The long-awaited Localism Bill is finally revealed today. After at least two false starts, the Bill appears on today’s Parliamentary Order of Business as having its first reading today. Analysis of the Bill as it affects infrastructure planning will follow tomorrow.
Bircham Dyson Bell 13th Dec 2010 more >>
Villagers gathered in force at the weekend to show their concern at the “devastating” impact they believe the building of a new nuclear power station will have on their communities. The small villages of Shurton, Burton and Wick, near Hinkley Point, Somerset, say they have been offered minimal mitigation for the upheaval they will suffer during the 10-year construction process and 60-year operation of the proposed Hinkley C power station. Villager Lesley Flash says resignation and acceptance has turned to “horror and antipathy” at the prospect of being “marooned in a noisy, dusty, polluted and spot-lit industrial wasteland, with little more than the qualified offer of double-glazing to off-set the damage.” Locals district and county councils have accused EDF of failing to provide enough details and failing to listen to their concerns.
This is Somerset 13th Dec 2010 more >>
Ukraine says it will lift restrictions on tourism in the zone around the Chernobyl nuclear power plant in 2011, formally opening the scene of the world’s worst nuclear accident to visitors. A limited number of visitors already are allowed into the 30-kilometer (19-mile) exclusion zone around the Chernobyl nuclear power plant, which exploded and burned in 1986. The Ukrainian government will present a detailed plan for lifting the remaining restrictions on travel to the area December 21, said Viktor Baloga, the former Soviet republic’s emergency situations minister.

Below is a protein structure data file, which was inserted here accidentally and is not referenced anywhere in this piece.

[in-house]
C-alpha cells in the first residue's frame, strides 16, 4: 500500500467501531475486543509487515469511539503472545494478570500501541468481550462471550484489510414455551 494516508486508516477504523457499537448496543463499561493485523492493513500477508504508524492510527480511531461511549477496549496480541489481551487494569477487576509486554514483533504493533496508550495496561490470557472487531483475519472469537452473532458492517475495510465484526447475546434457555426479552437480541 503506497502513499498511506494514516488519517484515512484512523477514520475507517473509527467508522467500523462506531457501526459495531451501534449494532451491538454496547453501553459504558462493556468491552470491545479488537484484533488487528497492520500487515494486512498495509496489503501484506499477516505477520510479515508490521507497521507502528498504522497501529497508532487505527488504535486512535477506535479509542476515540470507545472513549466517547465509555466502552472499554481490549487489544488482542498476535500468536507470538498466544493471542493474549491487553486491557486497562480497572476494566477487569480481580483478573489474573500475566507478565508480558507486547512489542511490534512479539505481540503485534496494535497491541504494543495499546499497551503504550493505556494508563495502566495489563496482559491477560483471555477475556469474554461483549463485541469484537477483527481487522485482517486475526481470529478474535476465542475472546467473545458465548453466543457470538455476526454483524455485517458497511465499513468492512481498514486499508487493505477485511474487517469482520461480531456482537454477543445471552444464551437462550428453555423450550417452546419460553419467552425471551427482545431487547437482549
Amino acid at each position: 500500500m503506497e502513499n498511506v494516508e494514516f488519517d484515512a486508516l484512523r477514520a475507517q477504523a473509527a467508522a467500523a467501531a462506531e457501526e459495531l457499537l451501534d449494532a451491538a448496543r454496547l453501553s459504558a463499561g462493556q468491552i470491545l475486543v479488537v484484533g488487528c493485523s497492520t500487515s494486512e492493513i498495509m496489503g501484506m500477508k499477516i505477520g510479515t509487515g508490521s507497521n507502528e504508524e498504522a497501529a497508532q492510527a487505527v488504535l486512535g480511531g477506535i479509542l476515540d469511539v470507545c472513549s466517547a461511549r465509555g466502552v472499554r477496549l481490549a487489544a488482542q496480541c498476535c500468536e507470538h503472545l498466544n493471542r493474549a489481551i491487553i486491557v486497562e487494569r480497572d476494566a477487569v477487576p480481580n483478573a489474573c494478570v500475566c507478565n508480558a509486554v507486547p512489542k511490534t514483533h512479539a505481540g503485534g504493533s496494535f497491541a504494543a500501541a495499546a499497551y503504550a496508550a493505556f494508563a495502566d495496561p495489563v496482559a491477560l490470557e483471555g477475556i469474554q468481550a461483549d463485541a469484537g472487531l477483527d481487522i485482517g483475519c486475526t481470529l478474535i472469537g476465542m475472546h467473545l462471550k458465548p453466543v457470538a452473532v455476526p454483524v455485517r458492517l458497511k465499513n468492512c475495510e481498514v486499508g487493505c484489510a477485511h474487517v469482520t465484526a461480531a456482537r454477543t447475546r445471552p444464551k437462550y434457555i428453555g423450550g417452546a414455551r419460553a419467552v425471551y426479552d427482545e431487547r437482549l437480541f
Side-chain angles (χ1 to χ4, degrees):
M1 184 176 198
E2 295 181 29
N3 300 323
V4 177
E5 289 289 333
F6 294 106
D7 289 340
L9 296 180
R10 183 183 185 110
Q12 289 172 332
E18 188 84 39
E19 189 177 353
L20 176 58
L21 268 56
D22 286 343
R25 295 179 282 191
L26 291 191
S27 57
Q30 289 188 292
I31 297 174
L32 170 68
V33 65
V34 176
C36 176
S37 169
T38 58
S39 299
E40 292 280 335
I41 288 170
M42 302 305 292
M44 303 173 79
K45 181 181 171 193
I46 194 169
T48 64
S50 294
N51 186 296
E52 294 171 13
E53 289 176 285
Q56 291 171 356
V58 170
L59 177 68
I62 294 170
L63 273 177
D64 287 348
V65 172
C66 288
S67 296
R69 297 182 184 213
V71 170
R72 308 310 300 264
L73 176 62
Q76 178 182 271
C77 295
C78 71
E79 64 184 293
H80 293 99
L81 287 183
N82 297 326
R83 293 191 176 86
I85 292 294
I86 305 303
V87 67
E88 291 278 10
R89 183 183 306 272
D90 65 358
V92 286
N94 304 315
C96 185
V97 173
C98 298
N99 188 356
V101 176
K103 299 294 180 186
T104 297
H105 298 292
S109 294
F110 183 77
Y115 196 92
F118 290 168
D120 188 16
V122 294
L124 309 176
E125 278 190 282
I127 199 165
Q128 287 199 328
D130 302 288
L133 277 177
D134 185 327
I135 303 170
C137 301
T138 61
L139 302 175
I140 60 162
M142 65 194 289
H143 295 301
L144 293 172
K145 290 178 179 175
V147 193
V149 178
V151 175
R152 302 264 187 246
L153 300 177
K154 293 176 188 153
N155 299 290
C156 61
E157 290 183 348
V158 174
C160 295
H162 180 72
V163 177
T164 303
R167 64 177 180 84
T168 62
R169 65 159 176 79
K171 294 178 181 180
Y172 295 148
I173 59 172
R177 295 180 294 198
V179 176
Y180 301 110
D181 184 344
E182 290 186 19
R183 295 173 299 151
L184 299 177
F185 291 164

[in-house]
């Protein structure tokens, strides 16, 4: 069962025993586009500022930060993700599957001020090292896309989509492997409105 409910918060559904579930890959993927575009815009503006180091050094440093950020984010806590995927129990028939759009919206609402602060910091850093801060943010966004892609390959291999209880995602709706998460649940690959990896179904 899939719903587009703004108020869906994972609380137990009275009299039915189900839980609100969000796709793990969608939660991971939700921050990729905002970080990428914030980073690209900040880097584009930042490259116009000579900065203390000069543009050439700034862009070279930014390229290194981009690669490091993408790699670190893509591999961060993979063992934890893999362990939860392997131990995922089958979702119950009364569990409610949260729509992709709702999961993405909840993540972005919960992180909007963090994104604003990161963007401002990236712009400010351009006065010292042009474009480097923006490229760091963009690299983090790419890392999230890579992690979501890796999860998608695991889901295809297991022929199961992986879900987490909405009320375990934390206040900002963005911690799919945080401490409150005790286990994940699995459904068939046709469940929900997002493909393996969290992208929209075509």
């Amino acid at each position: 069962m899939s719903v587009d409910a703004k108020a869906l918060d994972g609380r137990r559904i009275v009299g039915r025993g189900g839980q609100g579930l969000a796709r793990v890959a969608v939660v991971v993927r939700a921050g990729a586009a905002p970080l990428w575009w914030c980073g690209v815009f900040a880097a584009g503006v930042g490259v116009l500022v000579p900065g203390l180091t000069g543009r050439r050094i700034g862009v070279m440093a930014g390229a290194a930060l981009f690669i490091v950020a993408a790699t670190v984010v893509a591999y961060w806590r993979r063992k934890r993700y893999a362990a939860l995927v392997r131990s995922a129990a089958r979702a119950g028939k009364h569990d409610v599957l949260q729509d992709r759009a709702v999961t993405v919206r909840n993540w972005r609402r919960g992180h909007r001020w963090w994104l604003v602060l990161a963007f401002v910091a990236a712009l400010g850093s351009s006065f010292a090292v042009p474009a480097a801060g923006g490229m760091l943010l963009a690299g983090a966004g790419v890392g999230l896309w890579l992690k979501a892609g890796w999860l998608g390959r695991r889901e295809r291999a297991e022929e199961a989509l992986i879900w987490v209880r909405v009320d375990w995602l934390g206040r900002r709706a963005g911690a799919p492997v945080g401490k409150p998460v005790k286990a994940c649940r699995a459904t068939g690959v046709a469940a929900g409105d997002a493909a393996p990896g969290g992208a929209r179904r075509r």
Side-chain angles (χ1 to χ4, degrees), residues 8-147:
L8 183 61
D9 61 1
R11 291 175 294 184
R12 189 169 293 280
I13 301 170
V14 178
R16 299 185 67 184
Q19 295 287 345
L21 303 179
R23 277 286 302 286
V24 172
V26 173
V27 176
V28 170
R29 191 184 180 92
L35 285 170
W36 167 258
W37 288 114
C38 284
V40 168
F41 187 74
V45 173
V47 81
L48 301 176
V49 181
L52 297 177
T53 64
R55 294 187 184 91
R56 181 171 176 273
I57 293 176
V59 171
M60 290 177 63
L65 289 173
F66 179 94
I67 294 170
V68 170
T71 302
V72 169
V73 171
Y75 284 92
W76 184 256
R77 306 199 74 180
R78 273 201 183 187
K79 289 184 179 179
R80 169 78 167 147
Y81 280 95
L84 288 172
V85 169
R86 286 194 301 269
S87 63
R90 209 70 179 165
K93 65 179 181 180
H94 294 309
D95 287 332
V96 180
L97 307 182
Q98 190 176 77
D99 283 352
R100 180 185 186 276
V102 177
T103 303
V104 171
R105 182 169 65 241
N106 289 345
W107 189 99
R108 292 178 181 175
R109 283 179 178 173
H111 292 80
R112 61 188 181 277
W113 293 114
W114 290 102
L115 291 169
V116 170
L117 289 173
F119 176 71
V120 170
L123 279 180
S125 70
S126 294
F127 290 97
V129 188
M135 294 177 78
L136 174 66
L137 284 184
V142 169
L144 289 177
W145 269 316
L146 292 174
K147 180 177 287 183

CNN 13th Dec 2010 more >>
Selling 15% of Areva to strategic investors was supposed to herald a fresh start for France’s state-owned nuclear-technology champion after years of dithering. Instead, the government has come up with a temporary fix in raising €600 million ($794 million) by selling just 4.8% to Kuwait’s sovereign-wealth fund. Getting more strategic investors on board next year may be difficult given doubts about Areva’s long-term strategy.
Wall Street Journal 14th Dec 2010 more >>
Kuwait’s sovereign wealth fund will be able to sell its 4.8 per cent stake in the French nuclear group Areva back to the government if Paris fails to bring the state-owned company to a full listing before the middle of next year.